The Refusers - Disobey - Stereo Stickman

The Refusers Disobey


Disobey is the infectiously energizing new album from hard rockers The Refusers. It’s loaded with songs that boldly bring together nostalgia and now, with impressive, expressive musicianship at every turn. Playing With Fire starts things off in manner that underlines the band’s sound and songwriting style in a colourful way. The music has the intensity of dark rock but the riffs and passion of classic rock and roll in general, so you get something a little unexpected in among this mildly familiar and satisfying, guitar-led soundscape.

After the opener, the album seeks to showcase a number of different creative angles, opening your mind to who the band really are and impressing you all the more with every step. Why Do They Lie is its own thing entirely, melodically theatrical and lyrically provocative, the verses are short and interesting, the hook has something of an Eminem feel for me, and the musical set-up holds tight to that thread of The Refusers. This one is a definite early highlight, not overloading you with weight and distortion, but rather, driving with creativity and thoughtful writing.

Elsewhere on the project the band lean back and forth between hard and classic rock, which, in essence, turns out to be just the way their sound truly is – free from the confines of genre or expectation. It’s the songwriting and the passionate performances that make it what it is. The album’s title track is an important one and is set up effectively with heavy riffs and plenty of space within which the lyrics can really stand tall. Eruption is equally spacious and highlights the band’s sense of rhythm and funk, bringing something uplifting to the stage – despite the destructiveness expressed within the lyrics. There’s something about it all that makes you feel OK with your possible disconnection from the ways of the world.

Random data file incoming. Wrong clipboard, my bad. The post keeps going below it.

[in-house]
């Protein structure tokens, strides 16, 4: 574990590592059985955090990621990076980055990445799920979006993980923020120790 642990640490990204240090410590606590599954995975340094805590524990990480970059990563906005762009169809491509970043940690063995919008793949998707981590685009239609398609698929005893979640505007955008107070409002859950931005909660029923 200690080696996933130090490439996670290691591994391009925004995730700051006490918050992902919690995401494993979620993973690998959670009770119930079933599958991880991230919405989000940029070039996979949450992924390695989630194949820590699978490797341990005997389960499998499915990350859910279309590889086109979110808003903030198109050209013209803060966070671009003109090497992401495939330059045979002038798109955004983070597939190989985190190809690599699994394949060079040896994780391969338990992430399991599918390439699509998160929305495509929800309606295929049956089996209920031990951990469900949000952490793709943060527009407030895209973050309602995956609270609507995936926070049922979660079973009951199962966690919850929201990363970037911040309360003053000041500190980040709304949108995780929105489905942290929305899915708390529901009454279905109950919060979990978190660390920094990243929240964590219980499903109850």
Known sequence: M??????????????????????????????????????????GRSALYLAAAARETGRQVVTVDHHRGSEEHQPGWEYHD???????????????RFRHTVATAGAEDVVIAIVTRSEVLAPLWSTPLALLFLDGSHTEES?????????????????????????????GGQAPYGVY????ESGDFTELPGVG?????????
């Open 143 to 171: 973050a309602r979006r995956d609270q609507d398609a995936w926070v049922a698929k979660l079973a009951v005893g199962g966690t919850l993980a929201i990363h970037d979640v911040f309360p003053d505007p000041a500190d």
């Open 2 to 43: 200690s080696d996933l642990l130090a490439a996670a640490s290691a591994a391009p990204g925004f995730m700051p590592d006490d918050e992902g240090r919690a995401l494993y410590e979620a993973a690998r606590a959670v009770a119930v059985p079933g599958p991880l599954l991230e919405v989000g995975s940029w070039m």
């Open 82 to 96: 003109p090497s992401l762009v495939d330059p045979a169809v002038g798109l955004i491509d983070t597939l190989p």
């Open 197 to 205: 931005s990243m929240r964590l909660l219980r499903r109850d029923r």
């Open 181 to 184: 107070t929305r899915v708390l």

Money talks and bull shit walks. 

My Baby Loves Rock and Roll has quite precisely the vibe you’d hope for, that Chuck Berry style with a dash of jazz piano – a simple piece of music and performance effectively designed to get you moving. Fake News contrasts quite heavily with the laid back nature of what came before, soaking you with immediately recognisable references that conjure up specific ideas about today’s political world. Government Slave follows and keeps that political energy alive, there’s a certain level of punk-rock vibrancy to a lot of these songs in their carefree addressing of current issues and in their apparent opposition to the rat-race of modern life. The very concept of disobeying feeds into that and speaks volumes throughout the album.

Free The Captives is the penultimate song on the record and offers perhaps the most seductive riffs and melody lines of the entire project. The guitars, the piano, the vocal distance and shortness of verse lines – it leaves its mark quickly and sets an ambiance that works really well; another definite highlight. The hook is stunning. Emancipation follows and marks the final few minutes of music. It’s a colourful, hopeful sounding piece of music, the melodic set-up and the leading voice, as well as the guitars, all feel familiar now and recognisable as The Refusers. The album in full is bold and deals with a lot of things that have likely been playing on the minds of many listeners. Whether you agree with the perspective or not, the very essence of rock music is that rebellious, passionate energy, so it’s worth exploring regardless.

Find & follow The Refusers on Facebook & Twitter. Visit their Website for more information.

Rebecca Cullen

Founder & Editor

Founder, Editor, Musician & MA Songwriter

Leave a Reply

Your email address will not be published. Required fields are marked *